Aureole etc.




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Paule Maurice (1910-67) - Tableaux de Provence, for Saxophone and Orchestra

Maurice was French. More pointedly, Paule Maurice was a French woman composer, which immediately impales me on a cleft stick of Political Correctness. If I suggest that this is in any way remarkable, I risk condemnation for being “patronising”, and if I don’t I risk accusations of glossing over the achievements of women! Far from taking my life in my hands, like the critic who pronounced “[Maurice] is not a composer of the same stature as her husband Pierre Lantier” (particularly as the latter is himself hardly a household name!), I shall take cowardly refuge behind the skirts of a misquotation of Richard Strauss: “Do you know what a 'woman composer' is? I don't. There are only good and bad composers”. 

So, which is it? Her career credentials are impeccable. She studied under Henri Busser and the frères Gallion, winning a first prize in composition and harmony. She became a respected educator, professor of sight-reading at the Paris Conservatoire (1943), then of harmony and analysis at the Normal School of Music (1967). As a composer, her main claim to fame was to foster the reputation of the saxophone, hitherto disdained as a crude jazz instrument or at best regarded as a “special effect”. Motivated by her friend Marcel Mule, a pioneer of the “classical” saxophone, she set about producing music to demonstrate its capability of “serious” musical expression. I am tempted to enquire, “Do you know what a 'classical instrument' is? I don't. There are only good and bad instruments.” So, which is it? Listen, and decide for yourselves! 

Tableaux de Provence crept into being between 1954-9, during which period Charlie Parker died, and Brubeck’s Take Five was born. This protracted gestation is partly because Maurice was not especially prolific but, I suspect, more because it grew out of the Lantiers’ and Mules’ shared family holidays in that special part of southern France, a region whose shimmering pastoral beauty has understandably inspired umpteen artists. The juxtaposition of evocative scenery and M. Mule’s saxophone may have been the source of Maurice’s inspiration, but the music also constitutes a real challenge, to composer and performer alike: to express the quinessentially pastoral through a medium that is essentially urban, both in origin and association.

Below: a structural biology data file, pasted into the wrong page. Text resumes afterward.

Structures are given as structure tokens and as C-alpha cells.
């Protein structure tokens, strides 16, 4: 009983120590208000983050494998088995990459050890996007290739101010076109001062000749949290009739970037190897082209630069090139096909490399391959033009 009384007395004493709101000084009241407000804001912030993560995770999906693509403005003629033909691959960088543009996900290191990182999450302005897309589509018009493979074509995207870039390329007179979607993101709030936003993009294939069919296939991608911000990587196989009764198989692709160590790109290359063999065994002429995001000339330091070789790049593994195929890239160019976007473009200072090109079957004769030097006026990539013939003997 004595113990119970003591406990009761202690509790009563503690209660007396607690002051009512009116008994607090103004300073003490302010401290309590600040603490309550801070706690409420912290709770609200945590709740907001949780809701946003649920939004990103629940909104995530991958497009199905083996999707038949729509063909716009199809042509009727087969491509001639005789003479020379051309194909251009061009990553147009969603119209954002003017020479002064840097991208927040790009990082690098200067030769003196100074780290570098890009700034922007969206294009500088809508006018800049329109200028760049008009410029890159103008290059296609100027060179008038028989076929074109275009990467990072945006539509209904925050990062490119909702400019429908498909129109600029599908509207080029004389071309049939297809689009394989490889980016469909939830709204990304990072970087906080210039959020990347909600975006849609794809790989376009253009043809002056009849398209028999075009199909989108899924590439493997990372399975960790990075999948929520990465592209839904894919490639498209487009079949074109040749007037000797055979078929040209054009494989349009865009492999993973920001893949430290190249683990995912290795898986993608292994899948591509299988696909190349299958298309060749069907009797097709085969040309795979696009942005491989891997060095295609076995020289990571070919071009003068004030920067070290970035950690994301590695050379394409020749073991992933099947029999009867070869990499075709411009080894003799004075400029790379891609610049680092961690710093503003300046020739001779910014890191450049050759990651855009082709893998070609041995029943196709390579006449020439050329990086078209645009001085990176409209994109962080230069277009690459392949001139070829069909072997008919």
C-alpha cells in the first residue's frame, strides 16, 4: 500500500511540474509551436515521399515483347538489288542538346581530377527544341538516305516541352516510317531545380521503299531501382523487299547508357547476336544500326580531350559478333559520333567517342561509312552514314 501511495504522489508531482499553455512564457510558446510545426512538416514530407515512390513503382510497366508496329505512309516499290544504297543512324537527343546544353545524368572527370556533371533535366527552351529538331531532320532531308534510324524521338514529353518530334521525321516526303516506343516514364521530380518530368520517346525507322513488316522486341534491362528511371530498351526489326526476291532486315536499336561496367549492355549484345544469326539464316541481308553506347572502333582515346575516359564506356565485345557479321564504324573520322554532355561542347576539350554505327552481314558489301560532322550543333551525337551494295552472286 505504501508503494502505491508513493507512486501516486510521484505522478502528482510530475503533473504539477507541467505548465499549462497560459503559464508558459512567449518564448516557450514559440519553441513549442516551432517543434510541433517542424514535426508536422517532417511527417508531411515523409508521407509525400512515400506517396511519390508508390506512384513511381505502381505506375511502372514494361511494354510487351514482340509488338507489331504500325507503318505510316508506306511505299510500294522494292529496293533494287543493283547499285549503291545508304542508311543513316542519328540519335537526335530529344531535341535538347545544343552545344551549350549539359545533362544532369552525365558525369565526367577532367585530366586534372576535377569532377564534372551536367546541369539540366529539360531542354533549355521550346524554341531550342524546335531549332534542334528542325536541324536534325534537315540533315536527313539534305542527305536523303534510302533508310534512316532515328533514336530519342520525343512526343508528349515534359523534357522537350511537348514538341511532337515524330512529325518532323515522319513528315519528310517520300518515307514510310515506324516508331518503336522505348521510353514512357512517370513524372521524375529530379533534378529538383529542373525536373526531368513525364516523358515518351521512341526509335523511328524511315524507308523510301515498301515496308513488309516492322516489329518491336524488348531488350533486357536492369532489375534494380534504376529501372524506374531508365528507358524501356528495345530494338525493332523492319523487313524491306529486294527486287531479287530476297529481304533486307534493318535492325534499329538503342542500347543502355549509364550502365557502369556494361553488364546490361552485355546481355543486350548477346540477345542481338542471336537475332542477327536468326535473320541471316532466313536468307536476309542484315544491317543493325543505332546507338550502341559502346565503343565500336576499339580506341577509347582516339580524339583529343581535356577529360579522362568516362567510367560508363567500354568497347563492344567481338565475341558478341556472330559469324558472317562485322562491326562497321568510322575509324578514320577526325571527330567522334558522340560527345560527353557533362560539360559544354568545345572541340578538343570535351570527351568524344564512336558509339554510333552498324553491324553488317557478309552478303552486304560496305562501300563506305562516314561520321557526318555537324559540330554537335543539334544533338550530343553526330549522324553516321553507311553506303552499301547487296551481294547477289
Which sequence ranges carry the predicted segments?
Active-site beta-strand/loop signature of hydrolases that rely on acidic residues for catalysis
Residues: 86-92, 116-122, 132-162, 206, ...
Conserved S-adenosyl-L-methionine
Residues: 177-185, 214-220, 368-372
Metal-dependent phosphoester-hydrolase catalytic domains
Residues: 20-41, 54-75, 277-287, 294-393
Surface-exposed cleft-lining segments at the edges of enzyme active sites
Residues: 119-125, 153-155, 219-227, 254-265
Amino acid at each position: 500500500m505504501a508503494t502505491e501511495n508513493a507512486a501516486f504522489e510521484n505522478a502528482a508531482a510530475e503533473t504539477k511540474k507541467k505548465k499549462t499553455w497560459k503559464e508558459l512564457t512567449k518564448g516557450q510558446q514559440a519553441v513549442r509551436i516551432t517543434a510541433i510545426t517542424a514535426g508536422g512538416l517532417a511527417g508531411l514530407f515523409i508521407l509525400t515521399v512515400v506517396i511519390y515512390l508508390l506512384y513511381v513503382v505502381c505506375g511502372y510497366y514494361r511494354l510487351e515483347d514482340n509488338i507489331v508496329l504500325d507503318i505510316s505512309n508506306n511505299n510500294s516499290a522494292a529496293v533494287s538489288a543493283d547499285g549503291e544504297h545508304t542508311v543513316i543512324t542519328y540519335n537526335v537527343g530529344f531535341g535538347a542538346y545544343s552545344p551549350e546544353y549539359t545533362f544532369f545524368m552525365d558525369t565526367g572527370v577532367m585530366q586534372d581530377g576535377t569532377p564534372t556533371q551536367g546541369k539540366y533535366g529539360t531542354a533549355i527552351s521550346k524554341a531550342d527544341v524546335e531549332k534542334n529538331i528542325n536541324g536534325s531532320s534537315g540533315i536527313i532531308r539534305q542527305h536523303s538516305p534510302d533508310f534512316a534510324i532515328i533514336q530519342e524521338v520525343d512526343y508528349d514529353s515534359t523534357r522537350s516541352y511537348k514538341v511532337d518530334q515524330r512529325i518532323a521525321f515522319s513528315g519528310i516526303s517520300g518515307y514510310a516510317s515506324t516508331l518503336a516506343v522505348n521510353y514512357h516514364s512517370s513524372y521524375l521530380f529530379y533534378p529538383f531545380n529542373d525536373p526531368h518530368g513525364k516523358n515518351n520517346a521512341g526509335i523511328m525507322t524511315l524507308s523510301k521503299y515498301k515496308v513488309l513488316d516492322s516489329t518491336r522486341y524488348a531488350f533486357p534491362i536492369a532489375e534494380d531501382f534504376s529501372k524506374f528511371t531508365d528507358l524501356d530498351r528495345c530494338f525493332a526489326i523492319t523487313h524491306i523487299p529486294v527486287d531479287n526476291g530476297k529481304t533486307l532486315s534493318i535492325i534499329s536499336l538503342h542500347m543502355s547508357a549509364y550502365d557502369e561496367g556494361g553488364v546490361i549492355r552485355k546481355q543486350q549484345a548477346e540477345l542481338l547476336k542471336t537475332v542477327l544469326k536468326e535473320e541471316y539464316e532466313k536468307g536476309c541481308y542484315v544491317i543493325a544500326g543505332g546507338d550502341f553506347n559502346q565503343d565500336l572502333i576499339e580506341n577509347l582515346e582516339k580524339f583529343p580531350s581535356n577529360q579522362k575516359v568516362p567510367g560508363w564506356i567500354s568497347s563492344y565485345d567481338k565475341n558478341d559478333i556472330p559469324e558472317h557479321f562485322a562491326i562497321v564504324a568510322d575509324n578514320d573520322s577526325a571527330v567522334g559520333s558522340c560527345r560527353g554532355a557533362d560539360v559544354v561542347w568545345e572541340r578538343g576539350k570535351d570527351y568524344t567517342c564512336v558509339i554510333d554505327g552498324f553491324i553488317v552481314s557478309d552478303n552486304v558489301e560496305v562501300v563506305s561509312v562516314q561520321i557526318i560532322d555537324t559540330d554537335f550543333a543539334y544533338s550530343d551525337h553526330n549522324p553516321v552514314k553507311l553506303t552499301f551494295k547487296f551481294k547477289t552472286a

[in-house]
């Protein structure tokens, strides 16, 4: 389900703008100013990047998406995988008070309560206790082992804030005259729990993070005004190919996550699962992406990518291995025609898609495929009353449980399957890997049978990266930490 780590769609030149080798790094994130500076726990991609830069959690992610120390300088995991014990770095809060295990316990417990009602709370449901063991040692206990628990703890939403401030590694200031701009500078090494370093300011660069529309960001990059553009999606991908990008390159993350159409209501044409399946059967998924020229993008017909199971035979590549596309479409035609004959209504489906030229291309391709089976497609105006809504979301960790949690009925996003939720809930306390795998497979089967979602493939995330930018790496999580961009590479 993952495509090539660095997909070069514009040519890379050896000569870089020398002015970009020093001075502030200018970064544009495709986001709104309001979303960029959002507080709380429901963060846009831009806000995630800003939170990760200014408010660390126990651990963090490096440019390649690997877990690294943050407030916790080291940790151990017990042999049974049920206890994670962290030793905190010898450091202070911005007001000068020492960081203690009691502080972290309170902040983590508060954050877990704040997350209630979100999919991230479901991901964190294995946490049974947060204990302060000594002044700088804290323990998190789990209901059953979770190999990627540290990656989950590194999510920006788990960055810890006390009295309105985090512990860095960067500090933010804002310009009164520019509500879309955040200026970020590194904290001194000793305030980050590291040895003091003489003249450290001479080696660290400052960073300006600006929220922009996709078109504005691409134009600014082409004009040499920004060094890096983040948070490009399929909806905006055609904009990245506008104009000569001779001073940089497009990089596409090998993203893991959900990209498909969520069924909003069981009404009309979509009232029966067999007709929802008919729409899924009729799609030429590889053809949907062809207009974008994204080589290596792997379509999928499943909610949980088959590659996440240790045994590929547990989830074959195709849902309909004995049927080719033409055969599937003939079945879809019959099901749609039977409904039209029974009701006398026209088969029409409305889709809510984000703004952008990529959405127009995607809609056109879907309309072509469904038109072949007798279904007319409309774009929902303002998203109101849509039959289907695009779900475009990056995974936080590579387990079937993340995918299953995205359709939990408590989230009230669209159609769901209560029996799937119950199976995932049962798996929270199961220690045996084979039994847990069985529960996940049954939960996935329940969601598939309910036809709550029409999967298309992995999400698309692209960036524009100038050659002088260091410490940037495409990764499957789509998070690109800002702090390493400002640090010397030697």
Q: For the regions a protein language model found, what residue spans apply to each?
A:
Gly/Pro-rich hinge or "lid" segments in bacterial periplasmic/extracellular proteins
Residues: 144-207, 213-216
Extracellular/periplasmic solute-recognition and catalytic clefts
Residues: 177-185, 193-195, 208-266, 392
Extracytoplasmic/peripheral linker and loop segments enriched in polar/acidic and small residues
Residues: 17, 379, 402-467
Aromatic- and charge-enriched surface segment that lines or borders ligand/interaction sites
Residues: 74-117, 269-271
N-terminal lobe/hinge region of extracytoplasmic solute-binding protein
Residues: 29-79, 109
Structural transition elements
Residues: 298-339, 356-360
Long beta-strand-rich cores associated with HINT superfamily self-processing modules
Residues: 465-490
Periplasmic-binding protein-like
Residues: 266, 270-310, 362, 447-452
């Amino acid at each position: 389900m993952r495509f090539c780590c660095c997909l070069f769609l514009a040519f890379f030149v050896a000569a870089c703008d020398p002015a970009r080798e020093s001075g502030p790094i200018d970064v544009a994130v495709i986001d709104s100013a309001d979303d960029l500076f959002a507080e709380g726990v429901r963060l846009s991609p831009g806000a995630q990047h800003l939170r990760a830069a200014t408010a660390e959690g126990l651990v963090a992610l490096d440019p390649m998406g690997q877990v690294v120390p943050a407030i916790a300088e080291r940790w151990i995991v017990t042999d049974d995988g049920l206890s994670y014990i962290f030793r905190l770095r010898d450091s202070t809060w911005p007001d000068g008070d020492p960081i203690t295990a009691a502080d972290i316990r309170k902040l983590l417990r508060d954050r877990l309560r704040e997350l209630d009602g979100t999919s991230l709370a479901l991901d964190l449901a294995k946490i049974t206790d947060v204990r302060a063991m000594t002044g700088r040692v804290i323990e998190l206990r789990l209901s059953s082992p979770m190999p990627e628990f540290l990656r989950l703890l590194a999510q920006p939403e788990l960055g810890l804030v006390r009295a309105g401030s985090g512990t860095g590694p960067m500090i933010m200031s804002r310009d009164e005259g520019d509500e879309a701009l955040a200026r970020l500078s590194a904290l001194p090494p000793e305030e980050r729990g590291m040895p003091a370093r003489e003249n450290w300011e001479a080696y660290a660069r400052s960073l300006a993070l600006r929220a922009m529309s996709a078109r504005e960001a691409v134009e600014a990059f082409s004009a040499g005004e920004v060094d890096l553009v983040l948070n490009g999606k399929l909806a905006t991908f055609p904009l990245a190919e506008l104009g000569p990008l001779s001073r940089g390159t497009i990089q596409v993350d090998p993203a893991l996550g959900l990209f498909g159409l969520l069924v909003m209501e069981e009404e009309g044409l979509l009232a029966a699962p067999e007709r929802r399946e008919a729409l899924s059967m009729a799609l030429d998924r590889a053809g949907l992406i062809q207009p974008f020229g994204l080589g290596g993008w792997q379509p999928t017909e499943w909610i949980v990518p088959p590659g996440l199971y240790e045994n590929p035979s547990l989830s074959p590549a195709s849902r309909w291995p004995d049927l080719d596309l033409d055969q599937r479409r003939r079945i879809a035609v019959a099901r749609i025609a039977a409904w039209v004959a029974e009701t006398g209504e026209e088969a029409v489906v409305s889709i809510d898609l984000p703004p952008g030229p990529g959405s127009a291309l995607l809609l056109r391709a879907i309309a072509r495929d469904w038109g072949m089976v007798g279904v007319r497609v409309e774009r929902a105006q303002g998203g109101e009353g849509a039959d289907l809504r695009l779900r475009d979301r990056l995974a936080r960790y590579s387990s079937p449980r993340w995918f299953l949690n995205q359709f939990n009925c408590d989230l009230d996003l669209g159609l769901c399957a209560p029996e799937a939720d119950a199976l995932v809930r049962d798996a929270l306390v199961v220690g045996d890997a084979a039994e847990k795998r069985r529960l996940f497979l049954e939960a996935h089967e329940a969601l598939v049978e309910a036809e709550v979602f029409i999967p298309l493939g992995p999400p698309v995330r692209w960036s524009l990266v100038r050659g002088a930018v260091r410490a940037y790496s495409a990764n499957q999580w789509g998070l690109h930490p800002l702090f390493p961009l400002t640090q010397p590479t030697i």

1. Farandole des Jeunes Filles (Dance of the Young Girls)

2. Chanson Pour ma Mie (Song for my Love)

3. La Bohemienne (The Bohemian Girl)

4. Des Alyscamps L'Ame Soupire (The Sigh of the Soul for the Alyscamps)

5. Le Cabridan (The Big Bee [presumed translation!])

 

[I am indebted to the saxophonist Sarah Field for providing a vital fund of information, without which this note would never have got off the ground!]
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© Paul Serotsky
29, Carr Street, Kamo, Whangarei 0101, Northland, New Zealand


 

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